Again, watch this.



Can you imagine a round top port. rather narrow.  And the flames develop in there, a bit like on the video. Or may be more like a nuclear mushroom. As usual. This is all babble. Your solution here is more interesting.

What you were teasing us with, made me think.  Is the vertical port absolutely necessary in a batch? I'm thinking of an horizontal port at the back, for example, 2/3rd up in the firebox, and à bit of horizontal "riser" behind. Another type of arrangement. But this could be really be useful in cookers.

Please, don't get crossed!



 
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Gentlemen,
What are the air requirements and arrangement of intake on your ideas?
I.E. Port size =72%; primary air 20%, secondary air 5% (batchrocket).
 
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Yes! This was incredible to witness as it happened!  Peter what are the dimensions of the tunnel or firebox as well??
 
Peter van den Berg
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Satamax Antone wrote: Is the vertical port absolutely necessary in a batch? I'm thinking of an horizontal port at the back, for example, 2/3rd up in the firebox, and à bit of horizontal "riser" behind. Another type of arrangement. But this could be really be useful in cookers.


What you propose here looks like what Brian Livelsberger did. He used a horizontal port higher up in the left wall of the firebox and led the fire tunnel to the front and up. In order to make a new arrangement, just take the existing batch box riser, port and all, and turn it on its side. I placed mine on top of the firebox but it could go anywhere although a riser that's going down would be a bit much to ask without a fan. In fact, a batch box rocket already has some features in common with a wood gasifier.
 
Peter van den Berg
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Travis Armstrong wrote:Peter what are the dimensions of the tunnel or firebox as well??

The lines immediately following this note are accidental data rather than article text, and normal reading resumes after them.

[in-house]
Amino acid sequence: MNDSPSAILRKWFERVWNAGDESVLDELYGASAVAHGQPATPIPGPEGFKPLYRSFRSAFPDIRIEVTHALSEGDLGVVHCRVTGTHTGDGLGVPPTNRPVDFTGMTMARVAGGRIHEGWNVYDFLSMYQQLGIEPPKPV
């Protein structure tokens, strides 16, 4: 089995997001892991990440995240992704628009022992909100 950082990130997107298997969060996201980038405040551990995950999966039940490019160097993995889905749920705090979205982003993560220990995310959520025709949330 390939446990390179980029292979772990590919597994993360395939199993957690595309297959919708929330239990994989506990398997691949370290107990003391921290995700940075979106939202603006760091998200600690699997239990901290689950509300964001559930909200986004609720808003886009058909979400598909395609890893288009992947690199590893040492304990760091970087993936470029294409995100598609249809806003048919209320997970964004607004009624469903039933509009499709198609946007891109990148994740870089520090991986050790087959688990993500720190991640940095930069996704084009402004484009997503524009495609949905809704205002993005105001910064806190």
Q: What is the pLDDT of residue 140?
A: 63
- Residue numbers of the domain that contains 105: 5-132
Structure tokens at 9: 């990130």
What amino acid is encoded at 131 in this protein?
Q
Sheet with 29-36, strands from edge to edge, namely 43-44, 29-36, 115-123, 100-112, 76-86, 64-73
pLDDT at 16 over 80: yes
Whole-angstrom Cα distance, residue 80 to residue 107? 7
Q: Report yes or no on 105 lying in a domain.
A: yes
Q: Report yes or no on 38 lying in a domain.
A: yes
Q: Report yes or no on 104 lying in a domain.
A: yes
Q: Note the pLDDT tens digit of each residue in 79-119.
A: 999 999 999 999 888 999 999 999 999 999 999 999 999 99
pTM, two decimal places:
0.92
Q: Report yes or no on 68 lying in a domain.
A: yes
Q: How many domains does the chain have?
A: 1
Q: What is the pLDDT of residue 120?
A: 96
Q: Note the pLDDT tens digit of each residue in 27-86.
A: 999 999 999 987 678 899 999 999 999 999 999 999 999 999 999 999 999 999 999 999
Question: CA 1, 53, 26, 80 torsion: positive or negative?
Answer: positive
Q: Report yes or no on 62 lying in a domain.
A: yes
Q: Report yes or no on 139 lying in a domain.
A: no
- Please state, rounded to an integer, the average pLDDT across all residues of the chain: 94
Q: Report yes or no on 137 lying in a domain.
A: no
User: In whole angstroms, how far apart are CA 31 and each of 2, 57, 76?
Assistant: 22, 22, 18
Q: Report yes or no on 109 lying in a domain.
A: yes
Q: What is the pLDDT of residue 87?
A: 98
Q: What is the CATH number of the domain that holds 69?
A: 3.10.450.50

Travis and Kirk, I need to evaluate the original core for dimensions, I might do that today.
 
Peter van den Berg
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I recreated the drawing of the double shoebox mockup with glass on top, the videos of Attilio were a great help with that.
The dimensions are as follows, measured in millimeters:
Firebox 511 deep, 294 high and 200 wide.
Tunnel 460 deep, 170 wide and 180 high.
Port 176 deep, 64 wide.
Floor channel 50x38x2.5, ending halfway in the depth of the port. The original at home did use a 60x40x2 tube as the floor channel.



I have to stress that most of the dimensions are dictated by the size of the fire bricks, so when you intend to build the thing out of other bricks just use the pattern of the bricks as laid out in the SketchUp 8 format drawing which is available here.
All the dimensions are nominal, without calculating the seams. In case conversion of the dimensions to imperial is called for, here's a very comprehensive converter.
Air inlets used for this mockup were approximately 20% for primary air and 10% for secondary air when viewed as relative to a 150 mm (6") chimney pipe. When the whole of the core gets hot the primary air could be reduced to 10% so the air inlet proportion would be 1 to 1.
 
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Peter, thanks for the hat tip! Someone over on Donkey's forum linked to this thread, and I'm glad I clicked through. I just had to register here to jump in on this thread. Since I don't have a testo, I'm excited to see how this will progress. I'm particularly interested in the difference between how the double vortex and the "fire fountain" compare. I have tried a round port (4" and 5" diameter versions, though I don't think I have documentation), and if I recall correctly, it created a quite turbulent result. I have a couple more ideas I want to try in my own setup, so hopefully time will permit more tinkering soon. Thanks, as always, for sharing your work!
 
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Thanks for posting the SketchUp drawing Peter and for continuing the development of the batch box system. Please keep us posted with any updates.